Title: The seawitch
Author: Alistair MacLean
In the book there're two sides: Lord Worth's side and John Cronkite's side. Which side the good side is and which the bad, I don't know.
Lord Worth is a very rich oil-dealer. To earn even more money, he has built a giant oilplatform, the Seawitch. Because he receives so much oil from this platform, he can lower the oilprices, and this causes commotion at the international oilmarket.
Ten other oil-dealers want to stop Lord Worth, and therefor they hire John Cronkite. Cronkite is a expert in explosives. Cronkite is going to stop Lord Worth, he receives one million dollar for that.
Lord Worth hears what the ten are up to, because one of them is a spy. He hears that Cronkite has spoken to two people from Venezuela and Russia, and those two are the only ones who can attack the Seawitch from the sea. He gets a bit worried, so he gives the order to defend the Seawitch. Therefor two of Lord Worth's people need to break in at the American Army wapendepot, and at the Marine.
Then the two daughters of Lord Worth (Melinda and Marina) are being kidnapped from his villa in Florida. His two 'private-detectives' John Roomer and Michael Mitchell (who are also the lovers of Melinda and Marina) are trying to get them back.
In the meantime a Cuban submarine, and two torpedohunters from Venezuela and Russia are heading for the Seawitch. Lord Worth goes to the Minister for Foreign Affairs, and asks him to scare the submarine and torpedohunters away. The Minister admits. Meanwhile has Cronkite stolen two nuclear bombs.
One of Cronkite's men, Durant, takes over the Seawitch, together with four other men. Melinda and Marina are there to. Later arrives Lord Worth at the Seawitch, and he is also kept prisoner. Then Mitchell and Roomer, together with a doctor, arrive, dressed up as scientists. Durant doesn't who they are, so he let them do their job. Roomer gets hurt at night, and must leave. Mitchell takes over the platform by himself, and kills all four men, except Durant. Cronkite knows that he lost the Seawitch, so he tries everything to get her back, he places mines, but his men are being shot. At last, Cronkite and his men kill all Lord Worth's reliefmen, and go to the platform as relief. There they are expecting the real relief, and not Cronkite, so Cronkite takes over the Seawitch again. He places the two nuclear bombs, and set them on half an hour. In the last scene, everybody is in one room, Marina asks to Cronkite if she can go to the toilet; she can. 15 seconds later the lights are out, and Mitchell, with his 'cat-eyes' takes a few machineguns, and together with an other man he kills almost everybody. Then Mitchell, Marina, Lord Worth, the doctor and a few others leave the Seawitch, and from the ship they see how the Seawitch explodes, together with Cronkite and his men.
John Cronkite à He's well known as an explosive-expert, but he's actually just a criminal. In the first part you think that he's the 'good guy', but gradually it's getting clearer that Cronkite is actually the 'bad guy'. Cronkite is a very smart man, not afraid for a fight, but a bit inhuman.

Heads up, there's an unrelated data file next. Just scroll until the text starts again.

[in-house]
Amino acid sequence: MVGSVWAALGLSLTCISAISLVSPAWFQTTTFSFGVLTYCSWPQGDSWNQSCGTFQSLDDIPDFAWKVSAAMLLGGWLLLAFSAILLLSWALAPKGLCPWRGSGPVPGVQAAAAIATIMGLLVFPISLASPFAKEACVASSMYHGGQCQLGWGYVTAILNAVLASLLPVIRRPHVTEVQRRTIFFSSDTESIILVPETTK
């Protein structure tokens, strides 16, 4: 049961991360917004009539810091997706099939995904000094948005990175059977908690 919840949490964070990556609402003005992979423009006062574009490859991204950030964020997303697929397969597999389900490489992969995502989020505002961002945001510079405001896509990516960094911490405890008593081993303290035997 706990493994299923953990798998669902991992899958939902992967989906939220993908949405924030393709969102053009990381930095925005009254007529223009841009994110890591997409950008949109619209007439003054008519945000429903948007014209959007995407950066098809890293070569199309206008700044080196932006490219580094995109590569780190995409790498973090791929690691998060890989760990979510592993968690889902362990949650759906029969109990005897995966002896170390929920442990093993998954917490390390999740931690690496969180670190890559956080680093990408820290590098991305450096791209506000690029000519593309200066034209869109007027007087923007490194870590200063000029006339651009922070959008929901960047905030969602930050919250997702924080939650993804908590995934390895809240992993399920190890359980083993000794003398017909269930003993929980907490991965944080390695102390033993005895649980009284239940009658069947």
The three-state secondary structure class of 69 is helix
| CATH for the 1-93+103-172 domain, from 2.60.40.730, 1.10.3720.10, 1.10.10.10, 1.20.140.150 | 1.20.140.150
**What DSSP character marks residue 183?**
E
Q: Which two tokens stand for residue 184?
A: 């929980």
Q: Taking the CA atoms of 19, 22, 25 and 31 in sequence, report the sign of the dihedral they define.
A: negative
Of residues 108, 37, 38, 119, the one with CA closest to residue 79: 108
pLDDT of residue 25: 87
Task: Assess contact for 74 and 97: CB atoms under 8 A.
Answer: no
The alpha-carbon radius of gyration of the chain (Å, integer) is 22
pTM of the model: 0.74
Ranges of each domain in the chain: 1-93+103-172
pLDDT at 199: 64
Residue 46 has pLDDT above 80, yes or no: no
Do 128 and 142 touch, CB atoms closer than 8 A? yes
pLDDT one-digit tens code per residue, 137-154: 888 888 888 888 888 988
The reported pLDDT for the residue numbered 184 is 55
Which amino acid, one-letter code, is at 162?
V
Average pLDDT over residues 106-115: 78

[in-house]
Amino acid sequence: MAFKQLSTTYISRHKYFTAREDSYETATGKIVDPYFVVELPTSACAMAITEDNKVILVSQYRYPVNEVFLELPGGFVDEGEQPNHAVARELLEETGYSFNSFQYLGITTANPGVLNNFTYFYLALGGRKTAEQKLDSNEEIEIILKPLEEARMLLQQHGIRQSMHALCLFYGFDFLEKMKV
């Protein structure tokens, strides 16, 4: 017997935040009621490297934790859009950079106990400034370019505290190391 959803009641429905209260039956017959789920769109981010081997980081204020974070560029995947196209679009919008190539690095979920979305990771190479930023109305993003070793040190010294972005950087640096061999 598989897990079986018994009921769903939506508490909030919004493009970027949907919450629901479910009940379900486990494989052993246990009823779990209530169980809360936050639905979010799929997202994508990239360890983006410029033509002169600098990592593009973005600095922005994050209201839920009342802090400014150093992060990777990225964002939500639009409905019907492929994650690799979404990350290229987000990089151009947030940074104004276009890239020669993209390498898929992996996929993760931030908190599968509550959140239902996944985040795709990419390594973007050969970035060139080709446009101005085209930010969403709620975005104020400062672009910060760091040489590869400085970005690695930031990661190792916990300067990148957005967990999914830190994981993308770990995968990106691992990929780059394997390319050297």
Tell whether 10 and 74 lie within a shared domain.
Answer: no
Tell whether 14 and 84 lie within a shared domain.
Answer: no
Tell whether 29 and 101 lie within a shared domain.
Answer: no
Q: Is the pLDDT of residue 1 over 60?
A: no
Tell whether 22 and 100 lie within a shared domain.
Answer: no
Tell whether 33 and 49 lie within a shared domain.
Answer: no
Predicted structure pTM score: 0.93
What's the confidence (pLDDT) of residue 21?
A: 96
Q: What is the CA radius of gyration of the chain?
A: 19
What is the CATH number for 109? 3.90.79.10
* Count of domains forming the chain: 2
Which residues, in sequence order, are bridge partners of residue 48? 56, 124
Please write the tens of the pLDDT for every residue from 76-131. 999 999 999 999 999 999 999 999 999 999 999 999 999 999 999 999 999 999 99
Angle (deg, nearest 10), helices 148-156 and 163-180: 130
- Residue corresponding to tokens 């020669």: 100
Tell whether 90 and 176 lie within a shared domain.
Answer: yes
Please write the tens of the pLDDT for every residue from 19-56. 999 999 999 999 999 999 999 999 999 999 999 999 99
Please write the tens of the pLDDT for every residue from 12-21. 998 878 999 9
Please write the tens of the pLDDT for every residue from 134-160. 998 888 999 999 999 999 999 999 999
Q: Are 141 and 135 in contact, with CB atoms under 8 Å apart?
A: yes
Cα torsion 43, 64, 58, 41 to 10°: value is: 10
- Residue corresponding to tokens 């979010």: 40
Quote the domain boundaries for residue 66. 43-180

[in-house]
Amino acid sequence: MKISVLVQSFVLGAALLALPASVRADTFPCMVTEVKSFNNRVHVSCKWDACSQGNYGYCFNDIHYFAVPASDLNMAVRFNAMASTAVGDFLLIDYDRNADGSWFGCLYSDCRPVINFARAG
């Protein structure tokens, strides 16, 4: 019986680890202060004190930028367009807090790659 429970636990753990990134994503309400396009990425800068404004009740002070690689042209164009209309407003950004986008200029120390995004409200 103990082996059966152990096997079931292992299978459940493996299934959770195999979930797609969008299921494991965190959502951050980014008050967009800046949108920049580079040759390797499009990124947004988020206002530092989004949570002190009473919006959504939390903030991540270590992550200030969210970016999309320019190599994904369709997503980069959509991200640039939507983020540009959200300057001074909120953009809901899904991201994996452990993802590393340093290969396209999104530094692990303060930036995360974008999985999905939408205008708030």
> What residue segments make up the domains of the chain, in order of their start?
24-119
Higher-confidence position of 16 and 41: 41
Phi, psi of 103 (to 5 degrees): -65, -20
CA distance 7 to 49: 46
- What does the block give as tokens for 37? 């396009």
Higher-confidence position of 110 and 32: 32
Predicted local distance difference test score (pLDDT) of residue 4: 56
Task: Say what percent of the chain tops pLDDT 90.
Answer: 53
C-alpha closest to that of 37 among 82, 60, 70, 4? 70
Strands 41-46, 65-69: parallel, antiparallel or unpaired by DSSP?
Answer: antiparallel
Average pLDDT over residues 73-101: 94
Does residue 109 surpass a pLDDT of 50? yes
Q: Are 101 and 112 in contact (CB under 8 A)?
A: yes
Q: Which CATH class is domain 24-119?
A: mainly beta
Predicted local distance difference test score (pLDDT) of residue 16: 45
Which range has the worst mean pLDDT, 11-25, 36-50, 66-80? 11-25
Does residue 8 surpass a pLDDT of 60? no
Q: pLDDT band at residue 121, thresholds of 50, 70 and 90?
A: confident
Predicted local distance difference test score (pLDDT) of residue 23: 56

Lord Worth à He's also well known, but as a very rich man, and a successful businessman. He seems to have a hart of stone, but he sure loves his two daughters. Lord Worth is a hard-boiled businessman, very smart, but has also some human-sides.
Michael Mitchell à He's, together with John Roomer, the neighbor of Lord Worth. He's in love with Marina, and at the and there getting married. He's very fast, strong and silent. He can kill like no one. Although he's very kind to Marina. He's actually Lord Worth's private-detective.
Concept of the book
This is an ordinary book, from this sort there are thousands of them. I actually don't know why you are allowed to read them, because it isn't very high standing literature.
The author hasn't got any meaning by this book, it's just entertainment, that's all.
Form of the book
The book's written in the third person. There's a narrator, who tells everything, who describes every detail in the environment. By telling the story so detailed, it's very easy to imagine how everything looks like, and you can imagine that you're there, playing in the book. That's a very strong point.
The book's subdivided in several chapters. It's the usual thing; one chapter for Cronkite, one for Lord Worth, one for Cronkite, one for Lord Worth. So the only thing why there're chapters is to show that you're now following an other person. It isn't very special, but useful.
Alistair MacLean has a clear way of writing. He explains everything what isn't generally known. Like I said before, by describing all the details, he creates a very high atmosphere. It's like you see it on a televisionscreen, only than zoomed in at every detail on the screen. The only negative point is that it's sometimes a bit slow, the book, because he's describing everything, and there's no humor in the book.
The book's a detective, definitely, a bit of an adventure-novel. Alistair MacLean has a very recognizable style, and I like that style. The books of him are always very exciting, so was this one. I liked this book, but you mustn't read too much of them, because then they are getting boring. But I like one or two of them.
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